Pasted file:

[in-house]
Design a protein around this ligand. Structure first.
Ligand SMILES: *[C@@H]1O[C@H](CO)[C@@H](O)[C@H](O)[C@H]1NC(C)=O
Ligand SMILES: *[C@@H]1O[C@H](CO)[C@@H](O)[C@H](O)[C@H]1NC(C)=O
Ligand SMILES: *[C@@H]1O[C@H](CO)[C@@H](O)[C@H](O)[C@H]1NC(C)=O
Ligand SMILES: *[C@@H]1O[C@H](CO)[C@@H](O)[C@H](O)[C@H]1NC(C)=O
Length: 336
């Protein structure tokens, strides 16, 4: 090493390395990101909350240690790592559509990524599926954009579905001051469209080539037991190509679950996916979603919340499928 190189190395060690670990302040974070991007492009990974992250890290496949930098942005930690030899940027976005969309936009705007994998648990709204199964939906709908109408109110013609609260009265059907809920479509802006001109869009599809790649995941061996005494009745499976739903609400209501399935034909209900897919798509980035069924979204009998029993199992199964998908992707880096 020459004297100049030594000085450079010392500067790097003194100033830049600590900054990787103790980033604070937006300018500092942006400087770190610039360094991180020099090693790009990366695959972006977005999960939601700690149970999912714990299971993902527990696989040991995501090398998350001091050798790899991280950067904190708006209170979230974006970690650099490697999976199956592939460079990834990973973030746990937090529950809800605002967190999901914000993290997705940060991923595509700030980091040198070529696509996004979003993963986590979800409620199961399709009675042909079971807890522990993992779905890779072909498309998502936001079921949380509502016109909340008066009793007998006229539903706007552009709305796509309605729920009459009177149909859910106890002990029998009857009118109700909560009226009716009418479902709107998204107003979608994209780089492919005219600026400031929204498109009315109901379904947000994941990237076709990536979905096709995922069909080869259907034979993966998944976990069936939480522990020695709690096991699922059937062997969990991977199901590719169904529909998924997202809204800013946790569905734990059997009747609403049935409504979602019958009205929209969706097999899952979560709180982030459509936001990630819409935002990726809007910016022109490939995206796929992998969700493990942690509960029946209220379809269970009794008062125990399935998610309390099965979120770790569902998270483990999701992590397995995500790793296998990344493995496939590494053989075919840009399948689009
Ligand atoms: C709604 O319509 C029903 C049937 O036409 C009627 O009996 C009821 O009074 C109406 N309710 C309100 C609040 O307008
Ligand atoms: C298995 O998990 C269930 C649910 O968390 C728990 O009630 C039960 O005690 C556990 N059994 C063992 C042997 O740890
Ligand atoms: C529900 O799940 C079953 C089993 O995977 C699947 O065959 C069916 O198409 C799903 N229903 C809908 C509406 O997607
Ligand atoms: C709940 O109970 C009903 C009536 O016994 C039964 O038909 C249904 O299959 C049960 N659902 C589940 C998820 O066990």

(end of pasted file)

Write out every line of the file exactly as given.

[in-house]
Design a protein around this ligand. Structure first.
Ligand SMILES: *[C@@H]1O[C@H](CO)[C@@H](O)[C@H](O)[C@H]1NC(C)=O
Ligand SMILES: *[C@@H]1O[C@H](CO)[C@@H](O)[C@H](O)[C@H]1NC(C)=O
Ligand SMILES: *[C@@H]1O[C@H](CO)[C@@H](O)[C@H](O)[C@H]1NC(C)=O
Ligand SMILES: *[C@@H]1O[C@H](CO)[C@@H](O)[C@H](O)[C@H]1NC(C)=O
Length: 336
């Protein structure tokens, strides 16, 4: 090493390395990101909350240690790592559509990524599926954009579905001051469209080539037991190509679950996916979603919340499928 190189190395060690670990302040974070991007492009990974992250890290496949930098942005930690030899940027976005969309936009705007994998648990709204199964939906709908109408109110013609609260009265059907809920479509802006001109869009599809790649995941061996005494009745499976739903609400209501399935034909209900897919798509980035069924979204009998029993199992199964998908992707880096 020459004297100049030594000085450079010392500067790097003194100033830049600590900054990787103790980033604070937006300018500092942006400087770190610039360094991180020099090693790009990366695959972006977005999960939601700690149970999912714990299971993902527990696989040991995501090398998350001091050798790899991280950067904190708006209170979230974006970690650099490697999976199956592939460079990834990973973030746990937090529950809800605002967190999901914000993290997705940060991923595509700030980091040198070529696509996004979003993963986590979800409620199961399709009675042909079971807890522990993992779905890779072909498309998502936001079921949380509502016109909340008066009793007998006229539903706007552009709305796509309605729920009459009177149909859910106890002990029998009857009118109700909560009226009716009418479902709107998204107003979608994209780089492919005219600026400031929204498109009315109901379904947000994941990237076709990536979905096709995922069909080869259907034979993966998944976990069936939480522990020695709690096991699922059937062997969990991977199901590719169904529909998924997202809204800013946790569905734990059997009747609403049935409504979602019958009205929209969706097999899952979560709180982030459509936001990630819409935002990726809007910016022109490939995206796929992998969700493990942690509960029946209220379809269970009794008062125990399935998610309390099965979120770790569902998270483990999701992590397995995500790793296998990344493995496939590494053989075919840009399948689009
Ligand atoms: C709604 O319509 C029903 C049937 O036409 C009627 O009996 C009821 O009074 C109406 N309710 C309100 C609040 O307008
Ligand atoms: C298995 O998990 C269930 C649910 O968390 C728990 O009630 C039960 O005690 C556990 N059994 C063992 C042997 O740890
Ligand atoms: C529900 O799940 C079953 C089993 O995977 C699947 O065959 C069916 O198409 C799903 N229903 C809908 C509406 O997607
Ligand atoms: C709940 O109970 C009903 C009536 O016994 C039964 O038909 C249904 O299959 C049960 N659902 C589940 C998820 O066990």